To be an original – and very prominent in creative terms – member of two highly influential and perennially popular bands, quite different in their style, it takes some bravado… Only that’s not the word one would associate with Ian McDonald who, as trailblazing as his work with KING CRIMSON and FOREIGNER was, is humble enough to seem to disappear from time to time before emerging again with something so alluring that it’s impossible not to relish. This time it’s "Bad Old World" by HONEY WEST, a New York group McDonald became an integral part of. Deceptively simpler than Ian’s previous endeavors, the album is a great piece of work – and it turned into a a starting point of our conversation.
– Ian, “Bad Old World” surprised me in many ways, one of this being it’s classic rock ‘n’ roll slant. Is it a sort of return to basics for you? Was that an original intention to keep it clever but simple?
(Hems.) Well, if that’s the way it comes across… I guess so. I guess the songs just lent themselves to that treatment. My writing partner [Ted Zurkowski] also plays guitar and writes lyrics and sings, so the songs were really based around that, and I’ve always wanted to do something a little different, so I don’t know if it’s back to basics because there’s quite a few different styles on the record. Basically, it is a rock band format – two guitars, bass, drums – which I balanced and improved in production, but we kept it as live as possible. Many of the lead vocals are actually live-in-a-studio, but yeah, it was my intention: just to make a really good record.
– HONEY WEST is a band that you joined – you didn’t found it, right?
Yeah, I did join the band that was already existing. Ted Zurkowski had a three-piece – I guess you could call it an “alternate country” band – which I joined, and then that sort of morphed, if that’s the right word, into what you hear on the record now, which is more of a straight-ahead rock group with various influences. It is something that I always do – I always try to do: to bring different influences into production, in particular.
– Is Ted okay with the band now being mostly associated with your name, not his?
No, no, no. We’re equal. We’re equal writing partners. Essentially, HONEY WEST is Ted and myself, in terms of writing and taking care of the name and everything, but we are real focused, four-piece band. My son Max is in the band – he plays bass – and I’m really happy about that; we have a drummer, Tom Curiano, who’s a permanent member now. But Ted is the originator of the band, so his name comes first, as far as I’m concerned.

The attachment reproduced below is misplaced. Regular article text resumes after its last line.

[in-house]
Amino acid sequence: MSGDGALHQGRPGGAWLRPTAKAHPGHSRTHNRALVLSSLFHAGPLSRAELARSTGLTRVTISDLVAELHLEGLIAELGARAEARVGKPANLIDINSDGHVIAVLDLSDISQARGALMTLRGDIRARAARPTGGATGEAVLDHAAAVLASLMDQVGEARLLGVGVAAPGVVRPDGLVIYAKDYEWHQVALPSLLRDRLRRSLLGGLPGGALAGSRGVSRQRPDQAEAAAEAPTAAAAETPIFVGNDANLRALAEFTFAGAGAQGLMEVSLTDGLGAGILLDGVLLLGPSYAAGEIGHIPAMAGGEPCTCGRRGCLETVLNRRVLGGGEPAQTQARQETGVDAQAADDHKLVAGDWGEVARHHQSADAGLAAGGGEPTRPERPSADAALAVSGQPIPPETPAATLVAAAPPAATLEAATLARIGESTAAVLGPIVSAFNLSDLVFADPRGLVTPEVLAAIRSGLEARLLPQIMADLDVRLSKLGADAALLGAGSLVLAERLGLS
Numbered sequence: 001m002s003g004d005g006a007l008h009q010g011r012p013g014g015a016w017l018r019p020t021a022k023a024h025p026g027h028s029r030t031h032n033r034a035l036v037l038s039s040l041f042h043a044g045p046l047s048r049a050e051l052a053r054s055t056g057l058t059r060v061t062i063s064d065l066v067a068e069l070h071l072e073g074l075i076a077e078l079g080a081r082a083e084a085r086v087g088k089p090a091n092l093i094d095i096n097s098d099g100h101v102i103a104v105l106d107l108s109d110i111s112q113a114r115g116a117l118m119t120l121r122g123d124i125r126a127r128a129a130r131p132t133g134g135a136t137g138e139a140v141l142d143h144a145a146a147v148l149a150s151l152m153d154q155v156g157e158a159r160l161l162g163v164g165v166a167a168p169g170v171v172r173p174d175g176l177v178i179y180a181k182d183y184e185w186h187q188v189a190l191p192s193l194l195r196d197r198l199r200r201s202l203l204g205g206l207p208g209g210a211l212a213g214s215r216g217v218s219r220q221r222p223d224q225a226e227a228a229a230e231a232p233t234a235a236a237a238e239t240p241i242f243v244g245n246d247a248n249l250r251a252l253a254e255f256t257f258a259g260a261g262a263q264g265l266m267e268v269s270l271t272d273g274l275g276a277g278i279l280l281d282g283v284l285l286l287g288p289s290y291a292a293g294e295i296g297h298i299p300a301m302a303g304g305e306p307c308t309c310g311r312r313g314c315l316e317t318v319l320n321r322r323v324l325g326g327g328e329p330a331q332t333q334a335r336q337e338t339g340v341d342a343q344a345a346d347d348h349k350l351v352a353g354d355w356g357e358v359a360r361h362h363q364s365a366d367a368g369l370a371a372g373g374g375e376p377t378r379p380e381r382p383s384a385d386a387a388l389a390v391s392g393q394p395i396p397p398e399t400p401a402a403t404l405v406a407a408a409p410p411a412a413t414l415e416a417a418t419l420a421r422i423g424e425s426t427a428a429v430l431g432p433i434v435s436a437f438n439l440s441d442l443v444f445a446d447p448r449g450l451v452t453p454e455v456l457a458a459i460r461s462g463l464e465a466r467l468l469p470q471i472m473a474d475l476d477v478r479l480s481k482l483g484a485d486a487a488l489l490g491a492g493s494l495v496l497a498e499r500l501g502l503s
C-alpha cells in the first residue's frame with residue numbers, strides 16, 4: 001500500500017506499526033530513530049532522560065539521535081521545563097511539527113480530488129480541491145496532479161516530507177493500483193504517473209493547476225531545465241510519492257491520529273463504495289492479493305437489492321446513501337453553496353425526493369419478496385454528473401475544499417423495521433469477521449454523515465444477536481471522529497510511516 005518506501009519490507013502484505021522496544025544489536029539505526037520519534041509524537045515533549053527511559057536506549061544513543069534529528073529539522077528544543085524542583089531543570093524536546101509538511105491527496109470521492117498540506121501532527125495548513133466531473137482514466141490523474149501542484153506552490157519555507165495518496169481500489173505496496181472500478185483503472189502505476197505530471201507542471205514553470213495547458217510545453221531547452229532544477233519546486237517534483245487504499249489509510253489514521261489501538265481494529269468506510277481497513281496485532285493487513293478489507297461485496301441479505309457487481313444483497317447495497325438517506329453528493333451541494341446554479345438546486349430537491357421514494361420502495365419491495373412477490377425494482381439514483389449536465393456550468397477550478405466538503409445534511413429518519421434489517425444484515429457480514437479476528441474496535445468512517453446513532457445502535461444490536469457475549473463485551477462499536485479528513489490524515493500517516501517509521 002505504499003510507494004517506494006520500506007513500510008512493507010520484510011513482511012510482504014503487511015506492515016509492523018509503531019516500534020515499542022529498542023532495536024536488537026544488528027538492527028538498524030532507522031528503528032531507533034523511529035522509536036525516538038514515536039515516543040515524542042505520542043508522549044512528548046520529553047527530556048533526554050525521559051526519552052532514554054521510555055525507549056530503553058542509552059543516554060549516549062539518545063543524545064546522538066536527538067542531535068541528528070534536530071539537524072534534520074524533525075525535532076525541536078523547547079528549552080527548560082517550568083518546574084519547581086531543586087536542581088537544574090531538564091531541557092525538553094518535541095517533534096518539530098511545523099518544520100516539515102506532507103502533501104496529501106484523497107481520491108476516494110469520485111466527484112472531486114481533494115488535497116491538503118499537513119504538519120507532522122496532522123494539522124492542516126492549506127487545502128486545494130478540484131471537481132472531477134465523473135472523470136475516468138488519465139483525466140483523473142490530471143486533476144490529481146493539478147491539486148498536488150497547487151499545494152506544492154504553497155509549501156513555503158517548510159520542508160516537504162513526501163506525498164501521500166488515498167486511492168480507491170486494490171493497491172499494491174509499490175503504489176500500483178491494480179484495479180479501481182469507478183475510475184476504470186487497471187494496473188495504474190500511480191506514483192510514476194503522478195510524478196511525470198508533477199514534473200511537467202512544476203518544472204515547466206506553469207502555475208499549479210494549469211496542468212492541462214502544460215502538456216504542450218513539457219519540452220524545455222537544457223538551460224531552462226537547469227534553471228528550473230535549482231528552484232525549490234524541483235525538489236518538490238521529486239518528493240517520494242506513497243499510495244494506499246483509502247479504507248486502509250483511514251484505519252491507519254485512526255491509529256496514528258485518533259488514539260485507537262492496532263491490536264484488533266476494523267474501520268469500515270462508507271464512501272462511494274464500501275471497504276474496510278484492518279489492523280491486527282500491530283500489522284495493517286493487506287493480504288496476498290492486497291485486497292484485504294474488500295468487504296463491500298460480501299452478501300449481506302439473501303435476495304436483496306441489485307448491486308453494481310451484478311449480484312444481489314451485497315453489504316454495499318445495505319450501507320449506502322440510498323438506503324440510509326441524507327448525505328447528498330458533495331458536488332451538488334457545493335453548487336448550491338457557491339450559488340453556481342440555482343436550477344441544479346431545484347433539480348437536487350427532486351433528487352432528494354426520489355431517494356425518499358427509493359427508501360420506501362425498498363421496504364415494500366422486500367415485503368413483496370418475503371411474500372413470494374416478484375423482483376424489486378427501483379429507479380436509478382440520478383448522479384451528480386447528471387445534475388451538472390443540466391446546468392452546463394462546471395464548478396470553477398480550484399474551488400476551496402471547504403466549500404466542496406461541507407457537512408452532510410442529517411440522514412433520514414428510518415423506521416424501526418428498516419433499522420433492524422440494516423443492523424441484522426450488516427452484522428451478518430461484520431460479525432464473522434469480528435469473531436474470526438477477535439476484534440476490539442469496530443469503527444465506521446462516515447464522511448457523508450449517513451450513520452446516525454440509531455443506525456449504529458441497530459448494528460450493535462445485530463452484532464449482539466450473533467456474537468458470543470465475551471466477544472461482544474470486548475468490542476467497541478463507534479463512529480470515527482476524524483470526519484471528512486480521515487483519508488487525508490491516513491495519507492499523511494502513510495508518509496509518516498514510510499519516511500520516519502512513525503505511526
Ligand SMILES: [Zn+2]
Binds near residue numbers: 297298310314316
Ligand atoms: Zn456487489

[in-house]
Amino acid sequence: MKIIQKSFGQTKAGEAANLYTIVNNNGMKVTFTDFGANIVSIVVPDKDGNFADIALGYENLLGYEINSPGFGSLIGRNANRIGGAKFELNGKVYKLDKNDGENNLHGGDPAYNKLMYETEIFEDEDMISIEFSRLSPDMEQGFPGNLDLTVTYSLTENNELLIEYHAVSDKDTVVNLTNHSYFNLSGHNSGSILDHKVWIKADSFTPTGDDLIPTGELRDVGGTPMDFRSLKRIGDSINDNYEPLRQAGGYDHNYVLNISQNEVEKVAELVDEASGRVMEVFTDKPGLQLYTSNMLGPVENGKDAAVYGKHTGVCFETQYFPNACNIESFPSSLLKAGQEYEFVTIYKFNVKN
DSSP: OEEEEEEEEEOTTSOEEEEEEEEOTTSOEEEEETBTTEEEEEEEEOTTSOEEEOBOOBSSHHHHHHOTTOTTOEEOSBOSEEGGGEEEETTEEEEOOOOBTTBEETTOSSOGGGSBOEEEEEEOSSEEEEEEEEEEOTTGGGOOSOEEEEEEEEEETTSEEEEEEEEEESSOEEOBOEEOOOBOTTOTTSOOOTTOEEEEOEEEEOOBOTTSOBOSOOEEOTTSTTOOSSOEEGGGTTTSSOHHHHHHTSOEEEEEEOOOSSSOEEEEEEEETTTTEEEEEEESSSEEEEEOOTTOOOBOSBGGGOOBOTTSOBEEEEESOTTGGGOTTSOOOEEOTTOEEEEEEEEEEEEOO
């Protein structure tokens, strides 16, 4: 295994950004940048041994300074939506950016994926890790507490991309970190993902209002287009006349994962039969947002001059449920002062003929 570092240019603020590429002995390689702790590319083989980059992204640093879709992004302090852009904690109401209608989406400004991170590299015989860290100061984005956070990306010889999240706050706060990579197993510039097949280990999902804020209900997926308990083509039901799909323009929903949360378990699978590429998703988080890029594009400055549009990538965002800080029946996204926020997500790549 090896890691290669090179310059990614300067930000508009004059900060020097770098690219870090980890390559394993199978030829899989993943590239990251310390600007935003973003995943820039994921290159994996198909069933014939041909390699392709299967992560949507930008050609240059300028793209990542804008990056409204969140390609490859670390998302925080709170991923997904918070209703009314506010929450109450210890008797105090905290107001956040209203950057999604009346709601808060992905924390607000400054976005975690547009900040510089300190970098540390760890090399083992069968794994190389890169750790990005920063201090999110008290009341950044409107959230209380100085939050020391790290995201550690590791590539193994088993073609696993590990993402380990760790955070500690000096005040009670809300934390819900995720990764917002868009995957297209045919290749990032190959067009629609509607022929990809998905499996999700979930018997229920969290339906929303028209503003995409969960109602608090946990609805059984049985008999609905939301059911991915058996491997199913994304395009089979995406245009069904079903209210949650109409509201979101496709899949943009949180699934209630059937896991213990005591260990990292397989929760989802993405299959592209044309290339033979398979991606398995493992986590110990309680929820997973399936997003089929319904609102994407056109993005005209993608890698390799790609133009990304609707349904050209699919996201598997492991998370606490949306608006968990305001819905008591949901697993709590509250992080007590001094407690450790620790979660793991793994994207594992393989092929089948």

– Wasn’t it the same way when you were an equal partner in CRIMSON and FOREIGNER?
I wouldn’t say that with FOREIGNER (short bitter laughter) but CRIMSON, actually, yeah: we were, we were equal. FOREIGNER wasn’t quite the same – there was a definite top-down leadership situation – but I’m very proud of that, too. We had a reunion of sorts back in October, when we played in Saginaw, in Michigan, and that was really nice, to get together with as many of the original members as possible.
– If we’re talking about going back to basics, could you tell me a bit about your first band, TINTAGEL?
That was a very fleeting thing. It wasn’t a really serious endeavor on my part. I just did one or two gigs with them; it was something that I did when got out of the military, when I got out of the army, so I wouldn’t put too much importance on that. The name came from the castle, but that never amounted to anything. My first band was before that; when I was about 17 or 18 years old and I was stationed in Gibraltar, I had a band called THE REBELS. We used to do the ROLLING STONES and BEATLES covers and things like that.
– How important was the army for you in terms of learning the discipline, and did it prepare you in any way for the life of a touring musician?
I don’t really know, but I was a bandsman, I was in a military band, so as much as I didn’t like being in the army, I did take advantage of getting some more of a musical education.
– You said TINTAGEL wasn’t so important, but it was in that band that you shared a bill with FAIRPORTS and got in touch with Judy Dyble who would introduce you to Robert Fripp, and that started the ball rolling. Was it like that?
Maybe that’s true; I don’t remember. Maybe that’s how I met Judy. I really liked the original FAIRPORT CONVENTION, I loved them. Judy and I got together, and we joined GILES GILES AND FRIPP, and that evolved into KING CRIMSON.
– Were you already a multi-instrumentalist then?
Yeah, yes. I played wind instruments – clarinet, flute and saxophone as well – as a military bandsman. I also played guitar then, and I already knew a little bit of piano. On the HONEY WEST album I play all these instruments, but guitar is my main instrument now. When we play live, all I do is essentially play lead guitar.
– But in terms of reeds, do you think of yourself as a flutist or a sax player?
Oh, I’m certainly not a sax player but I did study the flute in recent years. I went to a classical flute teacher, and for a while I was concentrating on that because I wanted to improve my playing and my two-tone. I always admired the tone of classical flute players, what you hear in an orchestra, because usually when you hear flute players they’re really saxophone players who double on flute. They don’t have the same kind of tone as classical players, and I wanted to get as close as I could to the beautiful classical, for want of a better word, orchestral sound. I don’t know if I’ve achieved that or not, but I learned quite a bit from Keith Underwood: he’s a great teacher here, in New York. For a while, flute was my main instrument, but as far as HONEY WEST is concerned, it’s guitar.